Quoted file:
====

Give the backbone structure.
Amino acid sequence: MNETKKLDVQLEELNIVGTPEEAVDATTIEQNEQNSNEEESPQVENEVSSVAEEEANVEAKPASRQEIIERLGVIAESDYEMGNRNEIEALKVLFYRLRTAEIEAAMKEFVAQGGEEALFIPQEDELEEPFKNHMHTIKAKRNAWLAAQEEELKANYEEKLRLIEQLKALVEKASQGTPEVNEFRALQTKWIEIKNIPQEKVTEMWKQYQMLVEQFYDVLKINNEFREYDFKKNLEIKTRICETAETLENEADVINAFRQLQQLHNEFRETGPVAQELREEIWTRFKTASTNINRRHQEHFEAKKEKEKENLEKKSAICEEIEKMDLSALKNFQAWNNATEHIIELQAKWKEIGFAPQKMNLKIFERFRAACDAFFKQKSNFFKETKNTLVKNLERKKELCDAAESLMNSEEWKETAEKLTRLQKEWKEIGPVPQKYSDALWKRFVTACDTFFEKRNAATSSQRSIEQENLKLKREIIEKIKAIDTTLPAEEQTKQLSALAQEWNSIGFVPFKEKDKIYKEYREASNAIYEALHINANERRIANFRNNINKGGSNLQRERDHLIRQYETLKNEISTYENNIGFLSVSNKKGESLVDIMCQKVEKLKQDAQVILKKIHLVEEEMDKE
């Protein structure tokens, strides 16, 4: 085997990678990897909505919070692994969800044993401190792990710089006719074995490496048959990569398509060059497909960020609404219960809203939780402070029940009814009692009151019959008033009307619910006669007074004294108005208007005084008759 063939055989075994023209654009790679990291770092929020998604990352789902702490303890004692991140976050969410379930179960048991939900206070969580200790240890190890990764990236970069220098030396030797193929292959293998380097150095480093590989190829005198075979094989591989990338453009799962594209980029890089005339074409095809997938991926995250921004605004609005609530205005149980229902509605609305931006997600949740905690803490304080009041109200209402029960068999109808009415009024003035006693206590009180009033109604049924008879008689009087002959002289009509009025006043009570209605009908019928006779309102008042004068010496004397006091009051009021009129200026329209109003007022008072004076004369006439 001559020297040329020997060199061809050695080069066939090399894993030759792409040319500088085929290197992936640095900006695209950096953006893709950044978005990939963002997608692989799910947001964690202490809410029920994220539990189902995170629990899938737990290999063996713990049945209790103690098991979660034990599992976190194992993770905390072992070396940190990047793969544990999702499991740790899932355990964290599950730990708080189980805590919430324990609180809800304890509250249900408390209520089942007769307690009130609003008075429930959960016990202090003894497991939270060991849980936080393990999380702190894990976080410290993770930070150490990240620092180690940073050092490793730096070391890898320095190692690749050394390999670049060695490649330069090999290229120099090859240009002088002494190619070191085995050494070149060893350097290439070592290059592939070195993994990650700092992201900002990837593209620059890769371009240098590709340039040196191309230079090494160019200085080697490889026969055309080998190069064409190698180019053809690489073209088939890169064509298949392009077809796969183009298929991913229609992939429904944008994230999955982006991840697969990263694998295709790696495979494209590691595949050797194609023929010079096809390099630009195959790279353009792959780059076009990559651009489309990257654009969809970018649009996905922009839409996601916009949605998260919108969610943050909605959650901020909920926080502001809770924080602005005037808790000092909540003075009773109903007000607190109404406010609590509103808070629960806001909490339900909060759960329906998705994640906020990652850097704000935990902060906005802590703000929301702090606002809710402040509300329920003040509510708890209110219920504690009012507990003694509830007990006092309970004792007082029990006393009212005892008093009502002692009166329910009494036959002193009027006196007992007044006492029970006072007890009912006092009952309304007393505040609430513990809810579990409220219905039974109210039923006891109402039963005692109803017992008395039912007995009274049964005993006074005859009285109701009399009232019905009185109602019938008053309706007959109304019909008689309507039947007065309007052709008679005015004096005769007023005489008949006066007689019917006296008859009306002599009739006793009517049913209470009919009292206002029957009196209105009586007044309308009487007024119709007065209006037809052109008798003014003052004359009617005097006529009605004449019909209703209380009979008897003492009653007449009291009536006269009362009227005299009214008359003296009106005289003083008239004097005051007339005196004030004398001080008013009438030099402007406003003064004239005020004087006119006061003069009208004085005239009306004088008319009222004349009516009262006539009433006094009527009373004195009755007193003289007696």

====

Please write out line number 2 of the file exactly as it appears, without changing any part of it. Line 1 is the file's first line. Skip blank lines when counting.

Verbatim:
Amino acid sequence: MNETKKLDVQLEELNIVGTPEEAVDATTIEQNEQNSNEEESPQVENEVSSVAEEEANVEAKPASRQEIIERLGVIAESDYEMGNRNEIEALKVLFYRLRTAEIEAAMKEFVAQGGEEALFIPQEDELEEPFKNHMHTIKAKRNAWLAAQEEELKANYEEKLRLIEQLKALVEKASQGTPEVNEFRALQTKWIEIKNIPQEKVTEMWKQYQMLVEQFYDVLKINNEFREYDFKKNLEIKTRICETAETLENEADVINAFRQLQQLHNEFRETGPVAQELREEIWTRFKTASTNINRRHQEHFEAKKEKEKENLEKKSAICEEIEKMDLSALKNFQAWNNATEHIIELQAKWKEIGFAPQKMNLKIFERFRAACDAFFKQKSNFFKETKNTLVKNLERKKELCDAAESLMNSEEWKETAEKLTRLQKEWKEIGPVPQKYSDALWKRFVTACDTFFEKRNAATSSQRSIEQENLKLKREIIEKIKAIDTTLPAEEQTKQLSALAQEWNSIGFVPFKEKDKIYKEYREASNAIYEALHINANERRIANFRNNINKGGSNLQRERDHLIRQYETLKNEISTYENNIGFLSVSNKKGESLVDIMCQKVEKLKQDAQVILKKIHLVEEEMDKE